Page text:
I visited Nyanga today, for the first time in months. It was different this time. I don’t know why. It wasn’t that I was scared. No, I’m not scared. Tume was with me and two others and I know that people look at me because its strange seeing someone like me there. An Indian girl on the streets of a Cape Flats taxi rank. It’s a sight! So I’m not scared when they look. But it was different. It was like the first time I was there, when I was nervous, shy, arms crossed and sticking close to the others. Not my confident, friendly, open self. I guess its a little like getting to know Nyanga all over again.
Some people remembered me though. I could see it in their smiles, their greetings. I really need to learn more isiXhosa. My heavily accented “Molweni” is replied to with a laugh. I can just imagine them thinking “Oh, poor girl trying to speak isiXhosa. Cute!”. Why did I have to learn isiZulu???
Tumelo is a great translator though, and I’ve contacted Abalimi and Shawco, the two NGO’s at the site who have offered to help me find a reliable translator. Someone from the community will be better I think. And I’m sure an extra R50 in their pocket won’t hurt them either. t might just be our ticket to gain their trust. One of the traders mentioned that it was very important that we had a translator, so that they can communicate to us exactly what they like/ want. I was so glad for that, because all this while, I had been worried about how we were going to communicate what we had to say…It was great to realize that we had missed something so important, and have a chance to adjust our mindsets to serve the people we’re doing all of this for. At the end of the day, they are the only one’s that matter in all of this.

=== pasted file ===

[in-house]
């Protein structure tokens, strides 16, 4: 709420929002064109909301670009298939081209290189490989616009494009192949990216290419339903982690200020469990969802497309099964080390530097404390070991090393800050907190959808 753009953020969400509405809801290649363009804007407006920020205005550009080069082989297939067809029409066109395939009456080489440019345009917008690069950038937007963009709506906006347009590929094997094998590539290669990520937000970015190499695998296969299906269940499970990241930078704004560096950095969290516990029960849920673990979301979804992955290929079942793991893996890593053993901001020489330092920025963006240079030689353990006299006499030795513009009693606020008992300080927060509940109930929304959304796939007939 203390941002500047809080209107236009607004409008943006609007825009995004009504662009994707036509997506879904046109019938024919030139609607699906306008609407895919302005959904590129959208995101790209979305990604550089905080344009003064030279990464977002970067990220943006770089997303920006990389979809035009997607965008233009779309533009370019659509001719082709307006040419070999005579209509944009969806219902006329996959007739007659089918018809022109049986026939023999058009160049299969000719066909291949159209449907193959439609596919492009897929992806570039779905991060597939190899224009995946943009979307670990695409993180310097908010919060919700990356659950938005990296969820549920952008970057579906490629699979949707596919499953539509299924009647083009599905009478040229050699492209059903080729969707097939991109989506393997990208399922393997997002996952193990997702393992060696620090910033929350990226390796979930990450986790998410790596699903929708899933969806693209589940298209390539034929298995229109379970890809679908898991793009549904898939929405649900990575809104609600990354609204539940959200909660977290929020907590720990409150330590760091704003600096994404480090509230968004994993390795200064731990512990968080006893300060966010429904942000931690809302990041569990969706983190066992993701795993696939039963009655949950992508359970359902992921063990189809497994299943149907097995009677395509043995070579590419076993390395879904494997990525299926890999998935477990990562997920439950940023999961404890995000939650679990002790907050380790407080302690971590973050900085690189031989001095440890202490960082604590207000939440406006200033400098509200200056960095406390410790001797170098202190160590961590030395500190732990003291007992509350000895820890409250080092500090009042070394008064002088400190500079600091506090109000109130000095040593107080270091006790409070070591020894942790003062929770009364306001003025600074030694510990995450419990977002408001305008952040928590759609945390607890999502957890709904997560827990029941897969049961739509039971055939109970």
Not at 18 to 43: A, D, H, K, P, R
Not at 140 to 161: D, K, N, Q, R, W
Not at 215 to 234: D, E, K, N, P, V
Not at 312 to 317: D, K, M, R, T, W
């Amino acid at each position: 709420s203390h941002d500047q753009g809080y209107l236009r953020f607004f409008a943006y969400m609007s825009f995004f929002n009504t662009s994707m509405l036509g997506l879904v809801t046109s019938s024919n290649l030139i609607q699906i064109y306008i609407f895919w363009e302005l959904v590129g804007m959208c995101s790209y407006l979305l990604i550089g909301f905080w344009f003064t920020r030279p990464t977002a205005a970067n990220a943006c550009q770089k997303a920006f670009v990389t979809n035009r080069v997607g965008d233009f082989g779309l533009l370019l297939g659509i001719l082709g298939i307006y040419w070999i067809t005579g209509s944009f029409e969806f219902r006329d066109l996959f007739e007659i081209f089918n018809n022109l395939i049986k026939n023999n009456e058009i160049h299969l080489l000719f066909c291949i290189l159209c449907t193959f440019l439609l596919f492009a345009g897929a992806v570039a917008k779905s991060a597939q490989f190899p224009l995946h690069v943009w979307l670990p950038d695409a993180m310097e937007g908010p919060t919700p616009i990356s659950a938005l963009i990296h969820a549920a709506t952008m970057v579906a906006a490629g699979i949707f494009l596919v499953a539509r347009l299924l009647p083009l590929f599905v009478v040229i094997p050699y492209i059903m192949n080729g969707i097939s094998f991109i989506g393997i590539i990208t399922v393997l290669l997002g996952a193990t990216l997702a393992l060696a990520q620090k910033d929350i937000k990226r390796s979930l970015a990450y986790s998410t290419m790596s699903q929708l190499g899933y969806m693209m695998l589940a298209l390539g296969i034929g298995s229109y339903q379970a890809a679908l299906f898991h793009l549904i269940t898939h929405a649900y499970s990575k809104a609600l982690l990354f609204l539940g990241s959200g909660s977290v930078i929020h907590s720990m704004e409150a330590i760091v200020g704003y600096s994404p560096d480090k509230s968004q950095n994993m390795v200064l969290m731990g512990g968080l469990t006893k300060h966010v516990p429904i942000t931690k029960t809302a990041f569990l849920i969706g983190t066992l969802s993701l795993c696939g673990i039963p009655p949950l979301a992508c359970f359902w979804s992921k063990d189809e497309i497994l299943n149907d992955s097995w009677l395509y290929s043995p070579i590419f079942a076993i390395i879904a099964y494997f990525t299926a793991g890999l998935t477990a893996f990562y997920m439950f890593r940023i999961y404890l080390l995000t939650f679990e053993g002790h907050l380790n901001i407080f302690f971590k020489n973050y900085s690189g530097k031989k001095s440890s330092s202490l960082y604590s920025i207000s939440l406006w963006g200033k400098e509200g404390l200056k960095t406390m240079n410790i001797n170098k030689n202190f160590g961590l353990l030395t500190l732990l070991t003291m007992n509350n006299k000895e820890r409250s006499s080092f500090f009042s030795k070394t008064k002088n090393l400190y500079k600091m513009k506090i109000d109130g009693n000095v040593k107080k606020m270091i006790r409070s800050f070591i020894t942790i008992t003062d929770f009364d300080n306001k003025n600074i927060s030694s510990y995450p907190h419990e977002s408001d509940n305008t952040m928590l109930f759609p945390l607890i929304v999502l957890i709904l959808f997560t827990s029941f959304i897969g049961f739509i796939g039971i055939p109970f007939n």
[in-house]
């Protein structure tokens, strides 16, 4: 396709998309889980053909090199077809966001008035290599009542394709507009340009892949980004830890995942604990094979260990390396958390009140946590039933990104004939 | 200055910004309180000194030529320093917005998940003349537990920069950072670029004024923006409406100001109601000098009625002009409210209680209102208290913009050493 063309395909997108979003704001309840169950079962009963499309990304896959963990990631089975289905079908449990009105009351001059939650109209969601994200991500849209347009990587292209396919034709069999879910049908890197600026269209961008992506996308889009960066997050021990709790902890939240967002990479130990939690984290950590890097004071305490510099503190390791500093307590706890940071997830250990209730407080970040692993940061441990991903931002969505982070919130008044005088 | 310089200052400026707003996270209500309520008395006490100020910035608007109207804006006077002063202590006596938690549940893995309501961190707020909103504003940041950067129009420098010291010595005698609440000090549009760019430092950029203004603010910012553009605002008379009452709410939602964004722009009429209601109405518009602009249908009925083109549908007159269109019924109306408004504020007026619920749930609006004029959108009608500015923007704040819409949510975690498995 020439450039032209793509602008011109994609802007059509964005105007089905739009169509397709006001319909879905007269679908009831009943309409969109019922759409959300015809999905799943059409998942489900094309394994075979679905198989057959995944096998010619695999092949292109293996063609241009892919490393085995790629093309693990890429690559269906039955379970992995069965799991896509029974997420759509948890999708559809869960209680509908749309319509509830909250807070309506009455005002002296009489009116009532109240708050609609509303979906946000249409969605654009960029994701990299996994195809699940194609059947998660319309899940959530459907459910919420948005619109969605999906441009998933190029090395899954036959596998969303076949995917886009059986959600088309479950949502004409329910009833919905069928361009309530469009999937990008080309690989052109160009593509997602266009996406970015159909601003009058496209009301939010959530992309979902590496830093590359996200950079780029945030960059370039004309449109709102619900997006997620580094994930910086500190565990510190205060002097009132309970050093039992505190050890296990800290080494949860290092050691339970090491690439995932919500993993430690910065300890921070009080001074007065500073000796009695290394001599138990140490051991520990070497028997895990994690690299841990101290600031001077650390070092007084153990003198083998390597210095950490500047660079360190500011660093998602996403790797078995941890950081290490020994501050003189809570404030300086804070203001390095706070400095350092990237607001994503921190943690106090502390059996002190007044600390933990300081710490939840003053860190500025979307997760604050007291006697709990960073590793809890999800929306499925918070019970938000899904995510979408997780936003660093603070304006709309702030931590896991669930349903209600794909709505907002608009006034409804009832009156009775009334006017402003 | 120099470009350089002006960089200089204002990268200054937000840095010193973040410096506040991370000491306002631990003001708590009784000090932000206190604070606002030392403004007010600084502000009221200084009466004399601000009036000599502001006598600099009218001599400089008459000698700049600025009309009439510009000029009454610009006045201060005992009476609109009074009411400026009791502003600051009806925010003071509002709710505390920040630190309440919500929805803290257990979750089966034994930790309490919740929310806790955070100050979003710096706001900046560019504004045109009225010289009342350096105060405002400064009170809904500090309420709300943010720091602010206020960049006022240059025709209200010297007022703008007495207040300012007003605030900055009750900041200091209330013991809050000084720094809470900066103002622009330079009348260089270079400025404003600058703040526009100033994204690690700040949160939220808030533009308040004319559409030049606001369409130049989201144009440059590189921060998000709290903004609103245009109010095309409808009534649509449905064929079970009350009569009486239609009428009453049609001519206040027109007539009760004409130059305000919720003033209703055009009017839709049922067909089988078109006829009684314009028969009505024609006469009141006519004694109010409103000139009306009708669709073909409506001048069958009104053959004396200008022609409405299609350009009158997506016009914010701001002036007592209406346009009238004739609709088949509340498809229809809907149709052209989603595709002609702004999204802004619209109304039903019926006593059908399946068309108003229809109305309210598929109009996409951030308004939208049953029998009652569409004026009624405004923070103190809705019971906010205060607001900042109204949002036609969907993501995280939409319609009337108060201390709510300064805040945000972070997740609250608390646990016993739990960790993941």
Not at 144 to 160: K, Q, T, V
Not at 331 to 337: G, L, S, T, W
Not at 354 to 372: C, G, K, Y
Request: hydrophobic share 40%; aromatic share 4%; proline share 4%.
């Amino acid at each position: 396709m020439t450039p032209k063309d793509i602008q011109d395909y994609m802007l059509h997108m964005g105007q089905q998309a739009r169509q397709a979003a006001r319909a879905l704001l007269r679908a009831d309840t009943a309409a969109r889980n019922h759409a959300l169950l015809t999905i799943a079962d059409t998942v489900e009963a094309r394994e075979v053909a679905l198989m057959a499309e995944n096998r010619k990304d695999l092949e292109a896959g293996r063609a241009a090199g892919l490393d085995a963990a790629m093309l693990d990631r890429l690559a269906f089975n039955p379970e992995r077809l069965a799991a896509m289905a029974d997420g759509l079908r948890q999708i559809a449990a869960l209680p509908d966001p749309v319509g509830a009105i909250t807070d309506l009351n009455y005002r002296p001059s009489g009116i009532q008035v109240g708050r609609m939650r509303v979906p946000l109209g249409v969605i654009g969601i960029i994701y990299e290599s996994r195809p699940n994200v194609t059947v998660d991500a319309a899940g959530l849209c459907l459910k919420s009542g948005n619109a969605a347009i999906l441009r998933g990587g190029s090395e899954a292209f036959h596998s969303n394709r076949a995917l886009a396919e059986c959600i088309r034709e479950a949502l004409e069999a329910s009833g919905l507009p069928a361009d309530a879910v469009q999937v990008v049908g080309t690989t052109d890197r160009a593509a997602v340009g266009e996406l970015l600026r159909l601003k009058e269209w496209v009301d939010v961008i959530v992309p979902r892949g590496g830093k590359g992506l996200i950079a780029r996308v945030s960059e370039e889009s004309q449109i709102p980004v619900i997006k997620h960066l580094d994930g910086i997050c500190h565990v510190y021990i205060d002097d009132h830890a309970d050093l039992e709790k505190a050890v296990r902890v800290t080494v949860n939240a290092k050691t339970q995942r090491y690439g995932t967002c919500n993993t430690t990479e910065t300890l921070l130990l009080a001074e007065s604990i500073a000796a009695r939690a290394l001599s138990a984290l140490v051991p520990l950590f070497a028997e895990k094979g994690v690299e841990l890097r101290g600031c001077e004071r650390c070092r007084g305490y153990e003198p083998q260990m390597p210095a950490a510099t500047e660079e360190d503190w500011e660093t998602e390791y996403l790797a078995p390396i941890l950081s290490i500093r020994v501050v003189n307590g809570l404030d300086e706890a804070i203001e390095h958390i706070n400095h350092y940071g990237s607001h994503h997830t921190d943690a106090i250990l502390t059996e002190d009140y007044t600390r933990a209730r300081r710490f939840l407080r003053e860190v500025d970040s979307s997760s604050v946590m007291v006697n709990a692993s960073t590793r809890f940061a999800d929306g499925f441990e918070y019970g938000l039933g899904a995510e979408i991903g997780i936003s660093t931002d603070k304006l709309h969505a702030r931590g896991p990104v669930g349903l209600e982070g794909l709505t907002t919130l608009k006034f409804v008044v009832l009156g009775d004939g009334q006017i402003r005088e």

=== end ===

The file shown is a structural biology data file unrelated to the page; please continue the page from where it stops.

We bounced the idea of the stoves off them. And the response was great! The people are really willing to try something new I think. Anything to help their business. My plan is to work out an business strategy for each individual trader, working out a payment scheme to suit their own business needs. Combining this with a little bit of health and basic business management education would make a much bigger impact than just handing over stoves to them. I’m really excited about the project.
There was one guy. Just an old “Mkhulu” on his way back home from work, wearing his blue contractors pants. He stopped and greeted us, shook all our hands with the regular “touch my blood” line that people of this country use. (I never knew that before today.) Then he thanked us. He thanked us for being there, for being in that place, on that street, unafraid, walking around. He thanked us for leaving our pretty little lives behind for a while and for taking the time to see. To see it. To see the people of this country.
I looked at the mountain. I thought “I live at the bottom of that mountain”. From where we were, it didn’t really seem all that far away.